Whilst in Jiangyong we visited Nushu. Nushu is a tiny village in the countryside of the Jiangyong region. Nushu is famous for and actually means "a woman's writing". About 400 years ago "traditional China" was known to be male centered and forbid females to receive any form of education. The female's role was to do embroidery and weaving. During this time the women became very close to each other. So when their marriages were arranged, it meant the woman usually had to leave the town or home to start a new family with her new husband. The lanuage Nushu was then developed only between the women in this area and enabled them to share their innermost thoughts and feelings and keep in contact with each other. It also liberated the women from illiteracy. Nushu was supposedly incomprehensible to the men (I suppose this is quite similar to today as language women use today is still generally incomprehensible to men?!). Nushu was learnt by memorizing characters written on the palms of their hands because of a lack of paper. Nushu findings are quite rare as the letters and writings were usually buried or burnt with the female when she died. However, we visited a small, quiet museum and saw some original writings were displayed which were rather amazing. Sadly the language died out in the late 1990's. So to visit this place was so special and something I will treasure. The place had such a great feel. It was small and had a real homely feel to it. It was really special to hear about something so secretive, magical and clever. The wonders of the Chinese will never cease.
Just recently Jane (aka Spiderwoman) and I took to the back streets of Xintian to explore. We walked all around the old streets of Xintian which was wonderful. The streets were so old, dirty and smelly but had such a real character about them. Most of the buildings were falling apart, windows and doors missing and there was rubbish everywhere. I never knew this little place existed, it is so traditional and the people are a real community around here. There were many market sellers, selling hundreds of fruits, unrecognizable meat products, animals, dodgy plastic toys, fans and deck chairs. Kids were playing in the streets and running around whilst the parents were busy bargaining over dandelion leaves for dinner, it was such a wonderful sight and experience. One I won't forget.
In the middle of these old backstreets is a huge "educational" temple! It is called the Confucius temple as it was dedicated to the great Chinese philosopher Confucius. Confucius was a great master of teachings and philosophy and had huge impact on Chinese thought and life. He lived to the grand age of 73 from 551 - 479 BCC in the "Lu" province, now the Shangdong province. Unfortunately we were not allowed inside, I will try in the next few weeks to go back and have a look though. One of his famous quotes is listed below;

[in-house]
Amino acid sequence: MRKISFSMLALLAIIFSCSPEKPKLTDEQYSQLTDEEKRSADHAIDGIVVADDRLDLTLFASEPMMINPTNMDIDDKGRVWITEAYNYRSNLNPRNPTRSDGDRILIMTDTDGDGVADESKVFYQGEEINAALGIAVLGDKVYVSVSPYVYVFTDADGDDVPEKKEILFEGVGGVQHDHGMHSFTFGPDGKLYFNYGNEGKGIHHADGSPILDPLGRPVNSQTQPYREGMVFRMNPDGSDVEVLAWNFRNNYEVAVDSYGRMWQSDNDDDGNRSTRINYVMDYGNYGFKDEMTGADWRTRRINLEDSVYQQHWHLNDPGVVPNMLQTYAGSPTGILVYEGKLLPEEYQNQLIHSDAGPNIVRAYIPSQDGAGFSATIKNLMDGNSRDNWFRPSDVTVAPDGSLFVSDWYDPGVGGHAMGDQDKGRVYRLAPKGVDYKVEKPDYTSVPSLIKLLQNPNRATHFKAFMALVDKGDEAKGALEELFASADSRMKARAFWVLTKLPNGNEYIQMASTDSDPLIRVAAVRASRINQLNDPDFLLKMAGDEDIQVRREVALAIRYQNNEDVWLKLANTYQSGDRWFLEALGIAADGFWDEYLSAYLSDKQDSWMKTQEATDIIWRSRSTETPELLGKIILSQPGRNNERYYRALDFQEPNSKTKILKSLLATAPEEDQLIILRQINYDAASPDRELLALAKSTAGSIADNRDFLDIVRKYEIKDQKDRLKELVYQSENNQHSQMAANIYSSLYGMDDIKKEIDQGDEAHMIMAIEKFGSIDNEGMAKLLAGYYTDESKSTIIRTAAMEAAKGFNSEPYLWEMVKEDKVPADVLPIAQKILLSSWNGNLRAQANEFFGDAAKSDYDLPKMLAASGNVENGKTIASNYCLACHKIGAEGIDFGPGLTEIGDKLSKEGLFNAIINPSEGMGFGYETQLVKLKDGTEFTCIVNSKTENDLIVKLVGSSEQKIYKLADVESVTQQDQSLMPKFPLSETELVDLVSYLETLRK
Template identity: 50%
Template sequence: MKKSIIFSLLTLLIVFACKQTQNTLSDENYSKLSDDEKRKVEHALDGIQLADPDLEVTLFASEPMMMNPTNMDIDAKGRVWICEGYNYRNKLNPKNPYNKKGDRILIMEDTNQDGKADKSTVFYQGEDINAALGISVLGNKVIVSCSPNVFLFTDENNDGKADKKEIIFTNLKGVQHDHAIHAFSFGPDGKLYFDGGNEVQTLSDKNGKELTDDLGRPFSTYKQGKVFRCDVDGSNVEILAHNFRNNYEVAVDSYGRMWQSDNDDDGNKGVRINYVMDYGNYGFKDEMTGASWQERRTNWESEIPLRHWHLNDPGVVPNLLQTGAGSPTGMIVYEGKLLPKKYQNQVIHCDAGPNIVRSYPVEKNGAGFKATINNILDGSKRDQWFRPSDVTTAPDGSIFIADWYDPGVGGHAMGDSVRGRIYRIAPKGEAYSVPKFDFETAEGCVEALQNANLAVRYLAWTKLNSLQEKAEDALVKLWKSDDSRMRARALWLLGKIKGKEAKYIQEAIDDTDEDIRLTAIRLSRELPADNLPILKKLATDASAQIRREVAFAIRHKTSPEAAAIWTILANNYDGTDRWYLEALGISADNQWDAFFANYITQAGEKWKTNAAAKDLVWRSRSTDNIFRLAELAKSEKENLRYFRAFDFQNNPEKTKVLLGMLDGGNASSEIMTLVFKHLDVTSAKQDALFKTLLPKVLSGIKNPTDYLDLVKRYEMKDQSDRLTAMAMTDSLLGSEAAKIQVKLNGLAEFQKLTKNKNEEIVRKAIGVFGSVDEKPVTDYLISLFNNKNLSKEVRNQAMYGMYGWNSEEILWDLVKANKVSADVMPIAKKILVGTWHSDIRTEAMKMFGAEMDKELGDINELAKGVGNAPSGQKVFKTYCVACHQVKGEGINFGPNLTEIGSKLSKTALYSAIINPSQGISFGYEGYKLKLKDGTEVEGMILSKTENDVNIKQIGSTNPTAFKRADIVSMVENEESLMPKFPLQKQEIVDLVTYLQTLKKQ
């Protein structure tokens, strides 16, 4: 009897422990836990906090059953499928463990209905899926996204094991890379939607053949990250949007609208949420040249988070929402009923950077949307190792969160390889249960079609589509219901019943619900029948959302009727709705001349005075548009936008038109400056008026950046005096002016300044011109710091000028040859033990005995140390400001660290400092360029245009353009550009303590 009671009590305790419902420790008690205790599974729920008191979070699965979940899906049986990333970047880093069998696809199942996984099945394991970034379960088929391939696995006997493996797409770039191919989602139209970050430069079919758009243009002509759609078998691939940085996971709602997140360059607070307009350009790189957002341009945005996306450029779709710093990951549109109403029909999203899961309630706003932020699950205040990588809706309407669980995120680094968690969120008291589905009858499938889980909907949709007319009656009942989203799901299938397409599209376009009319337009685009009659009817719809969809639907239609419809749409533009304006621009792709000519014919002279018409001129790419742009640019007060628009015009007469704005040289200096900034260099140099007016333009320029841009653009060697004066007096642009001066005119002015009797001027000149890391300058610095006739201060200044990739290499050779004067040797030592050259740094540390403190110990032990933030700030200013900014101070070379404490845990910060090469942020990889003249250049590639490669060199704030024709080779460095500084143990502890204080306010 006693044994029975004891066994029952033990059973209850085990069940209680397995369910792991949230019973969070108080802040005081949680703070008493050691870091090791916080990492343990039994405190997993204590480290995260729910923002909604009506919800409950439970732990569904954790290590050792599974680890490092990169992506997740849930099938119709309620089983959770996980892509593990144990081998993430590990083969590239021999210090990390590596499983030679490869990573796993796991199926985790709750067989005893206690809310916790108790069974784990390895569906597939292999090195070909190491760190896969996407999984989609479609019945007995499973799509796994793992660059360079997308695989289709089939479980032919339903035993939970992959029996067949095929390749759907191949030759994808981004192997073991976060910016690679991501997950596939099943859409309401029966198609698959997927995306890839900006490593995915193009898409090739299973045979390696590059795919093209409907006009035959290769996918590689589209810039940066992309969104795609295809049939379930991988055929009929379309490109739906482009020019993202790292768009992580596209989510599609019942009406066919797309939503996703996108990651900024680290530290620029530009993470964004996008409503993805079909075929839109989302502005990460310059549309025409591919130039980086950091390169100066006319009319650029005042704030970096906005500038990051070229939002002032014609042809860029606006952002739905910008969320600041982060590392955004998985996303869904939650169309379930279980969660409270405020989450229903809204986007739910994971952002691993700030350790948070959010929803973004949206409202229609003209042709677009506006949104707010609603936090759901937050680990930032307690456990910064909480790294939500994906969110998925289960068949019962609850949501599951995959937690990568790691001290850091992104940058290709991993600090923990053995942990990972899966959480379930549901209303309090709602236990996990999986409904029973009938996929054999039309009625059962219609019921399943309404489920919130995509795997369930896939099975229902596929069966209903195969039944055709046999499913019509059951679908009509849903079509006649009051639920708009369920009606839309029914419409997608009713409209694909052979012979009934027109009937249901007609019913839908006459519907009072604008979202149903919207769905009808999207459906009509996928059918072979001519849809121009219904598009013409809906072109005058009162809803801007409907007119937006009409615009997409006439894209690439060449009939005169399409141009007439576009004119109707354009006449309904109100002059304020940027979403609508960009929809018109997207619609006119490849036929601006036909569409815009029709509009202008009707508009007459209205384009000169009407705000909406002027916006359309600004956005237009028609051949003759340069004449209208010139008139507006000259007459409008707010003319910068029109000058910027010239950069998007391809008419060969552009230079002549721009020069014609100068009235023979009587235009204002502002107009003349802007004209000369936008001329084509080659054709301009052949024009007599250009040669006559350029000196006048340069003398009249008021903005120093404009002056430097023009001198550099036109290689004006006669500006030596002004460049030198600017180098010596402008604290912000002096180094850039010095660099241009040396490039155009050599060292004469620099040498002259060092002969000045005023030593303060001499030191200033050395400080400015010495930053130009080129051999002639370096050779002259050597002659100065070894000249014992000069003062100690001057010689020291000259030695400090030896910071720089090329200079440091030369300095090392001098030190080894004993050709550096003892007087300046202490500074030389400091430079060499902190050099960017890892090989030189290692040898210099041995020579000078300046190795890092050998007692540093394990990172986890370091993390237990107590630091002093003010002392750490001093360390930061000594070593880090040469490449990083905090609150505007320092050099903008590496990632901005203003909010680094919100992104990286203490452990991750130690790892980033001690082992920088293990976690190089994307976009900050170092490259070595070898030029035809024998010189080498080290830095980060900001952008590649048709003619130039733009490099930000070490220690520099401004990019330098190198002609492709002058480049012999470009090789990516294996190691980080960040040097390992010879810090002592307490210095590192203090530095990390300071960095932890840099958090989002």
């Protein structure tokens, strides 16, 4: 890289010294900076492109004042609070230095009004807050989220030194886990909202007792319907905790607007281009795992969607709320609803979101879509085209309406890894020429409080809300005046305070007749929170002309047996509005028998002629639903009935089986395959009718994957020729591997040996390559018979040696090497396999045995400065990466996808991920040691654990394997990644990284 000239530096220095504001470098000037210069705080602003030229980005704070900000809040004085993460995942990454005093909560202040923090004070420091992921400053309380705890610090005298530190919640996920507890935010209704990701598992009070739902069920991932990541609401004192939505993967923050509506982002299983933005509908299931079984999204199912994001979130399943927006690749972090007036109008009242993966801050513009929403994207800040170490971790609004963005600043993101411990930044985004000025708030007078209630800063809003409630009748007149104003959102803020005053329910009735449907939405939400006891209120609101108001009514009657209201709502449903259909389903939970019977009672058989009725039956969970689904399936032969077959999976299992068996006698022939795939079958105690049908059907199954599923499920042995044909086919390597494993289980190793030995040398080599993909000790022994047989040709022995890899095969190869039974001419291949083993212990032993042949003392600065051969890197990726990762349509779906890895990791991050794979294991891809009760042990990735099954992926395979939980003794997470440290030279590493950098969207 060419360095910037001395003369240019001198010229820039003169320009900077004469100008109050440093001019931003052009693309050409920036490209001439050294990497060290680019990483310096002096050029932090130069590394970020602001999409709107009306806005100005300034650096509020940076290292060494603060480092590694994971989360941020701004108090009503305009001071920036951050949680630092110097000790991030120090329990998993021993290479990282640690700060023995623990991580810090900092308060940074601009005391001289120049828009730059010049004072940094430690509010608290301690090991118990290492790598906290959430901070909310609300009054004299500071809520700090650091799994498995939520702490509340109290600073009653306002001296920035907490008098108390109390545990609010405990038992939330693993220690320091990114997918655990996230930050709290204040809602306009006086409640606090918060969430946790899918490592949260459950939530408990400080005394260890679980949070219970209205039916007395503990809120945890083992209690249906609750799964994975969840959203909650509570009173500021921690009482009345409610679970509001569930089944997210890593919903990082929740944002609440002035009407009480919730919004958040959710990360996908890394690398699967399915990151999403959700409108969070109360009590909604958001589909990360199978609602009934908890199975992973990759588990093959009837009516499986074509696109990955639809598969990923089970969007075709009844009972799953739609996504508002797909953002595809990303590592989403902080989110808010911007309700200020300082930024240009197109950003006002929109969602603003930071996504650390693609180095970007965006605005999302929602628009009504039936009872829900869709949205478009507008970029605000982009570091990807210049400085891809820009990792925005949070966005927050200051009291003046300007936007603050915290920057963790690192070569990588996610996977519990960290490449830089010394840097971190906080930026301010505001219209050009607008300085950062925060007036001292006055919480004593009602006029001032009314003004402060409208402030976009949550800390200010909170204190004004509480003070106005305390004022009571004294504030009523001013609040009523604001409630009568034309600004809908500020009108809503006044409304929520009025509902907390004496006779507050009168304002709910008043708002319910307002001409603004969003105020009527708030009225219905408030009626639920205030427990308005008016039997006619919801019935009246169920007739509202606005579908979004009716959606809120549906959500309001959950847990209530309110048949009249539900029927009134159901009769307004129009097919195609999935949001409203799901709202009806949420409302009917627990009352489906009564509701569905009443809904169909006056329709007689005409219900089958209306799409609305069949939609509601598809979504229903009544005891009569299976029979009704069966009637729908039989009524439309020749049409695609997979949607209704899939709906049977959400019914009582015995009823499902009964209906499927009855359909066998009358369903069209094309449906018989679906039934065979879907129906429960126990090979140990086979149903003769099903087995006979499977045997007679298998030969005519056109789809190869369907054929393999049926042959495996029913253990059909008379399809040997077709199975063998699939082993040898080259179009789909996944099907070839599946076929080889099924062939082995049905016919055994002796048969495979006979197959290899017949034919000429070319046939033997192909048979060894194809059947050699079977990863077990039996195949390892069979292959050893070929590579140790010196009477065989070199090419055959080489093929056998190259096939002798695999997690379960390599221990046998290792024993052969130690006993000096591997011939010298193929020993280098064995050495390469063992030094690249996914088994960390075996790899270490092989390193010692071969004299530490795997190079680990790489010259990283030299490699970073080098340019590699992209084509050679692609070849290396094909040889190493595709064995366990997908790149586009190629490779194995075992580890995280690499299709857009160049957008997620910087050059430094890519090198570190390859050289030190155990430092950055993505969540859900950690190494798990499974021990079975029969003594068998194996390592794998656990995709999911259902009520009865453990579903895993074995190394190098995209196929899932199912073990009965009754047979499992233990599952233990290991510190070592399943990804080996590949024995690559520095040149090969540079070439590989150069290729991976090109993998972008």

Adept Kung asked: "Is there any one word that could guide a person throughout life?"
The Master Confusius replied: "How about 'shu': never impose on others what you would not choose for yourself?"
Makes sense huh?!
So after discovering the birth of some education we came across a fortune teller that Jane is keen to see. This fortune teller is apparently famous in Xintian and predicts quite a few accurate futures. Just as we arrived a woman is leaving having just justified that a prediction he made about her daughter came true. So paying a mere 1.50 GBP he reads my fortune to me! (With the help of Jane's translations!) I have been told to not marry before I am 26 as it will end in tears if I do. (Phew, at least that gives me some time before October 2009 to actually find a boyfriend…) Also that for the best marriage possible, I should marry someone born in 1979 or 1981. (At least my choice is narrowed down now, it could have taken a while without knowing this…) I should under no circumstances marry someone born in 1985. He also says I will marry a foreigner from a country far away from the UK… (Mum, please don't panic, it's not on the cards just yet!) Lastly I will be very wealthy between the ages of 29 and 45 and live a happy exciting life!
Xintian also has many hidden traditional secrets, one being a Monks temple! So we trundle off to just outside the edge of town to visit. It's set on a hill over looking the farming land, a river and is so beautiful and peaceful. A perfect setting. Inside the temple there are Budha's everywhere and it is so quiet. There is only one monk wandering around and so we stop to have a quick chat with him, and I impress him with a whole 3 lines of Chinese! He invited Jane and I to have dinner with him, which we need to arrange as we already had plans for that night. Jane made me laugh when I got excited about it, and questioned, "are you sure you want to have dinner with them, you know they don't eat meat!" I then assure her I can have one meal without meat! It won't kill me!
Hope you enjoyed the blog, I think its my favorite one yet! That's all for now, keep the messages coming, I love to hear from you.
Lots of love, Xieli.